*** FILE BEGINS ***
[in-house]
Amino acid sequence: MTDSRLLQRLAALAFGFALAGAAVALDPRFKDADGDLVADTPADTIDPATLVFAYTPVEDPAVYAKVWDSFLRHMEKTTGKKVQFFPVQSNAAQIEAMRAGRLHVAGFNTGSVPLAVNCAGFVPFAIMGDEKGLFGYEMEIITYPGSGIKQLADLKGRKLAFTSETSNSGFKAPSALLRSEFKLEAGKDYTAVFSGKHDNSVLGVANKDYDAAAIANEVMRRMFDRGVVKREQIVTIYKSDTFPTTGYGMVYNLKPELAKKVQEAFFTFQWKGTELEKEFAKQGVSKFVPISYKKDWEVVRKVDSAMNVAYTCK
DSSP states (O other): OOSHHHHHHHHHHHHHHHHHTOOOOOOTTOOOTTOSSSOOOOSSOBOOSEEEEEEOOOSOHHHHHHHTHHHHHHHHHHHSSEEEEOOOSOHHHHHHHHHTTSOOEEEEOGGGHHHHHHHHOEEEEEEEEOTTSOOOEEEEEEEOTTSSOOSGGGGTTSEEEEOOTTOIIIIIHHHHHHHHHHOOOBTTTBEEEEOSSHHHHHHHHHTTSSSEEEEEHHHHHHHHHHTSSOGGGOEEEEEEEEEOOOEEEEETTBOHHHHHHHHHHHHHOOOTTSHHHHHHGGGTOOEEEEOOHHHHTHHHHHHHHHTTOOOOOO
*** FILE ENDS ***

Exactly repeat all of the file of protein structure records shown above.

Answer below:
[in-house]
Amino acid sequence: MTDSRLLQRLAALAFGFALAGAAVALDPRFKDADGDLVADTPADTIDPATLVFAYTPVEDPAVYAKVWDSFLRHMEKTTGKKVQFFPVQSNAAQIEAMRAGRLHVAGFNTGSVPLAVNCAGFVPFAIMGDEKGLFGYEMEIITYPGSGIKQLADLKGRKLAFTSETSNSGFKAPSALLRSEFKLEAGKDYTAVFSGKHDNSVLGVANKDYDAAAIANEVMRRMFDRGVVKREQIVTIYKSDTFPTTGYGMVYNLKPELAKKVQEAFFTFQWKGTELEKEFAKQGVSKFVPISYKKDWEVVRKVDSAMNVAYTCK
DSSP states (O other): OOSHHHHHHHHHHHHHHHHHTOOOOOOTTOOOTTOSSSOOOOSSOBOOSEEEEEEOOOSOHHHHHHHTHHHHHHHHHHHSSEEEEOOOSOHHHHHHHHHTTSOOEEEEOGGGHHHHHHHHOEEEEEEEEOTTSOOOEEEEEEEOTTSSOOSGGGGTTSEEEEOOTTOIIIIIHHHHHHHHHHOOOBTTTBEEEEOSSHHHHHHHHHTTSSSEEEEEHHHHHHHHHHTSSOGGGOEEEEEEEEEOOOEEEEETTBOHHHHHHHHHHHHHOOOTTSHHHHHHGGGTOOEEEEOOHHHHTHHHHHHHHHTTOOOOOO